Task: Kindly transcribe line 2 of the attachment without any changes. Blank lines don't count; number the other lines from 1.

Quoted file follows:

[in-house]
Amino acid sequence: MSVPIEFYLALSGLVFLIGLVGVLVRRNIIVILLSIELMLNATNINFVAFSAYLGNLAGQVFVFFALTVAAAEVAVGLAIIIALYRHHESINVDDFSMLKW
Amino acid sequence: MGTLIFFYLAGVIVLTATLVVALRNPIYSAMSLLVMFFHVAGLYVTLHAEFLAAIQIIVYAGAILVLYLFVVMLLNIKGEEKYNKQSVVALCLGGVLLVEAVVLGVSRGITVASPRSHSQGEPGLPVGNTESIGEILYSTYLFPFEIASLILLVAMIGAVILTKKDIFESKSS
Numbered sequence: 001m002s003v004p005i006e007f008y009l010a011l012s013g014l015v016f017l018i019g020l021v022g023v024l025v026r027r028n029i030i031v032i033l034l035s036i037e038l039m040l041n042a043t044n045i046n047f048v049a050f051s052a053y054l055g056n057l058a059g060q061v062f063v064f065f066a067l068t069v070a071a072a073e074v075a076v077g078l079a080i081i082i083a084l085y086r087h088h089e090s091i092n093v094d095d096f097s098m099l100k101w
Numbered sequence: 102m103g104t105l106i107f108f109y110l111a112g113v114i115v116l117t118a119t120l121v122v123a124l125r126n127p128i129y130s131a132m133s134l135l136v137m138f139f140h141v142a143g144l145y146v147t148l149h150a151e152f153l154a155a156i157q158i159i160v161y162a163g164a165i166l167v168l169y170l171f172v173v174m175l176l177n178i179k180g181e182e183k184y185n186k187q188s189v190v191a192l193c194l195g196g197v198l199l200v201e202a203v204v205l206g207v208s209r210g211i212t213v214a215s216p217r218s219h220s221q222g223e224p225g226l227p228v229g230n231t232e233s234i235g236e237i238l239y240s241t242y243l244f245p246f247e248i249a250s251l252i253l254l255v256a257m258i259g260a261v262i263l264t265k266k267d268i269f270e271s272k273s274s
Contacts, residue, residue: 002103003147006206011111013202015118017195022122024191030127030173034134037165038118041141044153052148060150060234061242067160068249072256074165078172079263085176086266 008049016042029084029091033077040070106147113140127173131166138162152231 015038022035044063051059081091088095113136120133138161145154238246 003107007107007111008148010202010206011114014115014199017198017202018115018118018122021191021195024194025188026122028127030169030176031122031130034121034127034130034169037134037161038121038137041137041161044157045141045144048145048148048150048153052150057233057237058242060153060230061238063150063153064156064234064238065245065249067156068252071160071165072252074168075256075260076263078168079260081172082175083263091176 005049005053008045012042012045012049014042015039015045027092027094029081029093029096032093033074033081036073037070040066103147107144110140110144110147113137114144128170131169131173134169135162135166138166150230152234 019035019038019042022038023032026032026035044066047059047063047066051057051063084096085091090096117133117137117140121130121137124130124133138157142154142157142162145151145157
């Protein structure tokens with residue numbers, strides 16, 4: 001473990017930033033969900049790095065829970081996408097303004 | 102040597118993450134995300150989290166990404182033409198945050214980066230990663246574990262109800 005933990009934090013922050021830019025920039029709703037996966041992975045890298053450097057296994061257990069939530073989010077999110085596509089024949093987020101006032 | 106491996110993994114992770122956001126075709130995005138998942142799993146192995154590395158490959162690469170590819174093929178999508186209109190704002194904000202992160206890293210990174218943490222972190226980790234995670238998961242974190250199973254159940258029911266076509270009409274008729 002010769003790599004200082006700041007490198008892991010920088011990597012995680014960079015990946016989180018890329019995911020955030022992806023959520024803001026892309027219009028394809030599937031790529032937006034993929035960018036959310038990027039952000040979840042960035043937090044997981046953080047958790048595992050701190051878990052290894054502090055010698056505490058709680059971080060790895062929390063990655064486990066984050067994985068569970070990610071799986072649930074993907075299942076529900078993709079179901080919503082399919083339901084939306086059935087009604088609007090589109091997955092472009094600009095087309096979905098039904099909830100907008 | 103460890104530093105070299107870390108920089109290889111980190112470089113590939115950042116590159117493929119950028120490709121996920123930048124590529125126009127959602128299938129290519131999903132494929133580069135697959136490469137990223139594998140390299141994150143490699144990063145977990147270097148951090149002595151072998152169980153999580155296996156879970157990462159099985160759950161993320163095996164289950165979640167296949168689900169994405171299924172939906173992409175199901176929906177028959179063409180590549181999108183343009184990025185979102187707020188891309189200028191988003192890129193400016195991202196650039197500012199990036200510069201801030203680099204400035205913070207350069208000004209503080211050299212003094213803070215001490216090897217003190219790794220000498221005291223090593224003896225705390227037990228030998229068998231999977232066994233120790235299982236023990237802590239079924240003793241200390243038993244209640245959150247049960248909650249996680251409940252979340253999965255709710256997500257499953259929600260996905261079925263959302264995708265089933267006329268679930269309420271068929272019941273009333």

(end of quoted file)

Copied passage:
Amino acid sequence: MSVPIEFYLALSGLVFLIGLVGVLVRRNIIVILLSIELMLNATNINFVAFSAYLGNLAGQVFVFFALTVAAAEVAVGLAIIIALYRHHESINVDDFSMLKW